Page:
There was only one staticky satellite line available to residents of St. John attempting to reach family and friends on the US mainland Friday morning. On Wednesday, the US Virgin islands were hit by hurricane Irma, whipping through the area as a Category 5 storm with wind speeds up to 185 miles per hour for more than 24 hours.
“I’ve had to sit through a Taliban gunfight, and this was scarier,” Laura Strickling told The Associated Press. Ms. Strickling moved to St. Thomas with her husband three years ago. She used to visit him in Afghanistan when he worked there.
“The noise [of Irma] was just deafening. It was so loud we thought the roof was gone. The windows were boarded up, so it was hot and we had no AC, no power,” Strickling said.
As the storms recede, reports on the damage left behind trickled out slowly Friday as residents and visitors to the islands contacted family members. Before and after photos posted by residents on Facebook and Instagram show the island’s trees stripped of their leaves and boats tossed like discarded toys along the shore.
Teri Wine, a resident of St. John and a concierge at The Westin St. John Resort Villas, was in South Carolina during the storm. She has been attempting to contact friends and neighbors since the hurricane hit. So far, she has been able to talk to a neighbor who reports that it took him two hours to walk a quarter mile down a road because of all the destruction in his path.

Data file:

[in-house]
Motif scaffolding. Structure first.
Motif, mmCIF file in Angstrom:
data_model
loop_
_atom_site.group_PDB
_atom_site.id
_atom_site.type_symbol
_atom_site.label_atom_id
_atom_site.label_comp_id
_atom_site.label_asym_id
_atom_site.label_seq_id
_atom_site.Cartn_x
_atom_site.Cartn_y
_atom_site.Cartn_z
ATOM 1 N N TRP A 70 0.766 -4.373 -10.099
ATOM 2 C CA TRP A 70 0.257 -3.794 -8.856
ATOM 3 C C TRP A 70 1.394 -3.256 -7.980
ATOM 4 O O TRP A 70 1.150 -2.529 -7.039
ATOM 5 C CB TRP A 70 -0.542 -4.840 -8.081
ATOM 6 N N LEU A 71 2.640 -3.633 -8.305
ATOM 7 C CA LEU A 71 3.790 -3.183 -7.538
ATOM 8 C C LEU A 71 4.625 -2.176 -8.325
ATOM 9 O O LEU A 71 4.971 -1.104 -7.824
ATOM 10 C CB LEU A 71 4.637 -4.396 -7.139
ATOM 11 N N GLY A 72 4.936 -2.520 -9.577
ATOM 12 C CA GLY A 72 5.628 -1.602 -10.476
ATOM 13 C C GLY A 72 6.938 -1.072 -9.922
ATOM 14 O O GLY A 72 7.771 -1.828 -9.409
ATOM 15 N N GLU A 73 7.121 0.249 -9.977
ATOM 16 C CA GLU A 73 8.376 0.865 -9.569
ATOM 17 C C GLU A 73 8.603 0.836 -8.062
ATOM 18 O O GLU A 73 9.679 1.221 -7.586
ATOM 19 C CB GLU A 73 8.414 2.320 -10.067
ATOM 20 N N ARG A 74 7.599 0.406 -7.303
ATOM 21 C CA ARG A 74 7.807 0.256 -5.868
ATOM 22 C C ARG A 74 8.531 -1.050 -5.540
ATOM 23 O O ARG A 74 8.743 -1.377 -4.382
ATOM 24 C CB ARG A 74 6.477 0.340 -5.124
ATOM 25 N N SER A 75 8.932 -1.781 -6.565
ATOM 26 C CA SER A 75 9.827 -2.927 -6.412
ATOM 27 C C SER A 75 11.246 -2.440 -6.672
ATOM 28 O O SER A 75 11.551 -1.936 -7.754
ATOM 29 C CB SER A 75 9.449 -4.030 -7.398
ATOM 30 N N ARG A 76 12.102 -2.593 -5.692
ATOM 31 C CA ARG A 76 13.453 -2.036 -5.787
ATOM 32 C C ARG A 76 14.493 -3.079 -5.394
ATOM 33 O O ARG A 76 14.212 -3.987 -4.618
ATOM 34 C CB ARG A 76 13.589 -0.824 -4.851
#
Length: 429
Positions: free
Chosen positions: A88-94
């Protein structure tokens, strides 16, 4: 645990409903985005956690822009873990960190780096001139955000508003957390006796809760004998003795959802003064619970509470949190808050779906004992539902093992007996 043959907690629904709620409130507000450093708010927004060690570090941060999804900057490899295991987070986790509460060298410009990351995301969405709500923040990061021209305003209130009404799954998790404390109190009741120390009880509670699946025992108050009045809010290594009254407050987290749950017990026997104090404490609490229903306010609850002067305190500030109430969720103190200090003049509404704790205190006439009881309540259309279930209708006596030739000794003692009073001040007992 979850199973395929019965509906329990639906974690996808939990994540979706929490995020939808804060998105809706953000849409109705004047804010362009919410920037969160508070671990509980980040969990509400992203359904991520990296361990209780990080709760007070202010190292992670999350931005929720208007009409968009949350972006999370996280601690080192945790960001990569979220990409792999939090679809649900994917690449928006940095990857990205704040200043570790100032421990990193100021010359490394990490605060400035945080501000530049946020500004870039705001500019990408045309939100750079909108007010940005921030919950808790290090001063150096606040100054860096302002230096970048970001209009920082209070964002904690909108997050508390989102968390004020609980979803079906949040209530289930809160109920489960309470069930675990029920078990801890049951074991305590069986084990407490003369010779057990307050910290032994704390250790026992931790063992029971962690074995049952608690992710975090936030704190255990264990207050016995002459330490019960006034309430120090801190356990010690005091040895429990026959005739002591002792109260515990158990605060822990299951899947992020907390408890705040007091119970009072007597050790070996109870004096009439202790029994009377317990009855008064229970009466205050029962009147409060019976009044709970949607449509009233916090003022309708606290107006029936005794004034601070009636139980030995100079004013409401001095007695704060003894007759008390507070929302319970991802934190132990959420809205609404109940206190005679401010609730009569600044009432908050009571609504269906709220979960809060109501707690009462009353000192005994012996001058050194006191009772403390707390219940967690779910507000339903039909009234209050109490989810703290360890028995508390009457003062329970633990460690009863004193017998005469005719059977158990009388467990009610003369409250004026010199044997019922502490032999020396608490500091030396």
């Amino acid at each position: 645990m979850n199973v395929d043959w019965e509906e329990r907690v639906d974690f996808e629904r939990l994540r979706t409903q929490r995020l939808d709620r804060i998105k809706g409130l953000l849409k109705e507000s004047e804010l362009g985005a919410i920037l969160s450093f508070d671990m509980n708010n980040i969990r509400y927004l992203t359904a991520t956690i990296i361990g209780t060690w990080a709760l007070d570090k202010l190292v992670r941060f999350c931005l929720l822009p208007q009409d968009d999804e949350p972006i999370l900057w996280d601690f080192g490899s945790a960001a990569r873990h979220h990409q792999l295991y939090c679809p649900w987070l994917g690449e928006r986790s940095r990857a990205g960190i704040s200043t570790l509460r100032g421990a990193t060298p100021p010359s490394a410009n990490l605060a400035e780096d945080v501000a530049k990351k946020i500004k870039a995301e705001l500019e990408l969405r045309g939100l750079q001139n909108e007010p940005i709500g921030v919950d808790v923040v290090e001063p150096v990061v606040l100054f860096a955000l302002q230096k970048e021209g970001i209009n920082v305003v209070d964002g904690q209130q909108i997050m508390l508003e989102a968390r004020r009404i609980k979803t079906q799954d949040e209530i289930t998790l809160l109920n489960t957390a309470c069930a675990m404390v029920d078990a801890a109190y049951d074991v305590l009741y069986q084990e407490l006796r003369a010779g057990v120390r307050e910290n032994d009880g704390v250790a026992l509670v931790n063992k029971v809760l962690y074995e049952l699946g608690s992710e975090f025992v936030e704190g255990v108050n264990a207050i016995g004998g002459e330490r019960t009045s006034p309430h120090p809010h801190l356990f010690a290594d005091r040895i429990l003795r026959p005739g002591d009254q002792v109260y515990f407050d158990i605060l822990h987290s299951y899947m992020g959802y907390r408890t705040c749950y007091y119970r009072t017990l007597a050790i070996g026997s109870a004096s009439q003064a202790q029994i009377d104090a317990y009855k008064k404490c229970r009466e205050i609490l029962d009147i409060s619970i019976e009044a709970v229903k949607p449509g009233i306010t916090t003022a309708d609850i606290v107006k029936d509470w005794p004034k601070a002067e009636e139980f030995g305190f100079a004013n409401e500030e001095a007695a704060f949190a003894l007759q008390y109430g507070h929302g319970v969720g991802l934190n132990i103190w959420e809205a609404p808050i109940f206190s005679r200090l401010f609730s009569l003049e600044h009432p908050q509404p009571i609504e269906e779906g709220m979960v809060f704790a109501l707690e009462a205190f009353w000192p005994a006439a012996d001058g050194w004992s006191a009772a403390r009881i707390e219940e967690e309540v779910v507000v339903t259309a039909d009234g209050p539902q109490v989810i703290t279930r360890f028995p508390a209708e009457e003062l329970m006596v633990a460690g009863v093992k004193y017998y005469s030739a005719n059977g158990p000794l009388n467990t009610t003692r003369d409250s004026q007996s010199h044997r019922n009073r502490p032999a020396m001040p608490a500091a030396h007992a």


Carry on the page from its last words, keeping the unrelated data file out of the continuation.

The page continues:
Four people were reported killed in the US Virgin Islands, according to the Associated Press. Considerable damage has occurred to property and infrastructure.
The roads across both St. Thomas and St. John are narrow and steep. On a clear day, driving the 10 miles from one end of St. John to the other could take 45 minutes.
Melody Smith, a property manager for the past 12 years on St. John, watched news of hurricane Irma from her summer residence on Chebeague Island, Maine. Like many island residents, she and her husband, Tom Sheets, go off island during the months of August and September when the weather gets hot. Before leaving in August, they did all they could to prepare, but the eye of the storm passed close to her neighborhood in Coral Bay.
She’s assuming the worst for her one bedroom wooden house. And she doesn’t have insurance.
“Most residents just can’t afford premiums and the insurance companies won’t insure wooden houses,” says Ms. Smith. For many,…